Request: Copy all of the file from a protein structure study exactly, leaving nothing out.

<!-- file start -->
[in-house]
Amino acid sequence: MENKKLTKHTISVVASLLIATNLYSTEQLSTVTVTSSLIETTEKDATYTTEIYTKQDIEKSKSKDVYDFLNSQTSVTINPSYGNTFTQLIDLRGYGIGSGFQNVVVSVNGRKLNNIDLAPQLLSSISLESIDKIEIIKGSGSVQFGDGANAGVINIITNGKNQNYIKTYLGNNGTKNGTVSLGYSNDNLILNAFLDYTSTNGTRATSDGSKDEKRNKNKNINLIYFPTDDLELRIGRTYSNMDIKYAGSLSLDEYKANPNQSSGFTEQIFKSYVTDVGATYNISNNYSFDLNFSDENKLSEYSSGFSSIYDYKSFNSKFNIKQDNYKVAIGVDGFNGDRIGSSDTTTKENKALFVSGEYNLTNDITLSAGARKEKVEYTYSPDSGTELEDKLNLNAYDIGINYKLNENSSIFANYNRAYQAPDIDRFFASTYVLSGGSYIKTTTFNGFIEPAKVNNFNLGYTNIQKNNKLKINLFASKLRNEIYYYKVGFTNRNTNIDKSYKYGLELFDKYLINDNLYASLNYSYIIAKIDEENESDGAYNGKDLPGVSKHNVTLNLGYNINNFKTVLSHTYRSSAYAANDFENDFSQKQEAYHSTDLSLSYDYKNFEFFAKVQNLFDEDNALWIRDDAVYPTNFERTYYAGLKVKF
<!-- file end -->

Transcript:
[in-house]
Amino acid sequence: MENKKLTKHTISVVASLLIATNLYSTEQLSTVTVTSSLIETTEKDATYTTEIYTKQDIEKSKSKDVYDFLNSQTSVTINPSYGNTFTQLIDLRGYGIGSGFQNVVVSVNGRKLNNIDLAPQLLSSISLESIDKIEIIKGSGSVQFGDGANAGVINIITNGKNQNYIKTYLGNNGTKNGTVSLGYSNDNLILNAFLDYTSTNGTRATSDGSKDEKRNKNKNINLIYFPTDDLELRIGRTYSNMDIKYAGSLSLDEYKANPNQSSGFTEQIFKSYVTDVGATYNISNNYSFDLNFSDENKLSEYSSGFSSIYDYKSFNSKFNIKQDNYKVAIGVDGFNGDRIGSSDTTTKENKALFVSGEYNLTNDITLSAGARKEKVEYTYSPDSGTELEDKLNLNAYDIGINYKLNENSSIFANYNRAYQAPDIDRFFASTYVLSGGSYIKTTTFNGFIEPAKVNNFNLGYTNIQKNNKLKINLFASKLRNEIYYYKVGFTNRNTNIDKSYKYGLELFDKYLINDNLYASLNYSYIIAKIDEENESDGAYNGKDLPGVSKHNVTLNLGYNINNFKTVLSHTYRSSAYAANDFENDFSQKQEAYHSTDLSLSYDYKNFEFFAKVQNLFDEDNALWIRDDAVYPTNFERTYYAGLKVKF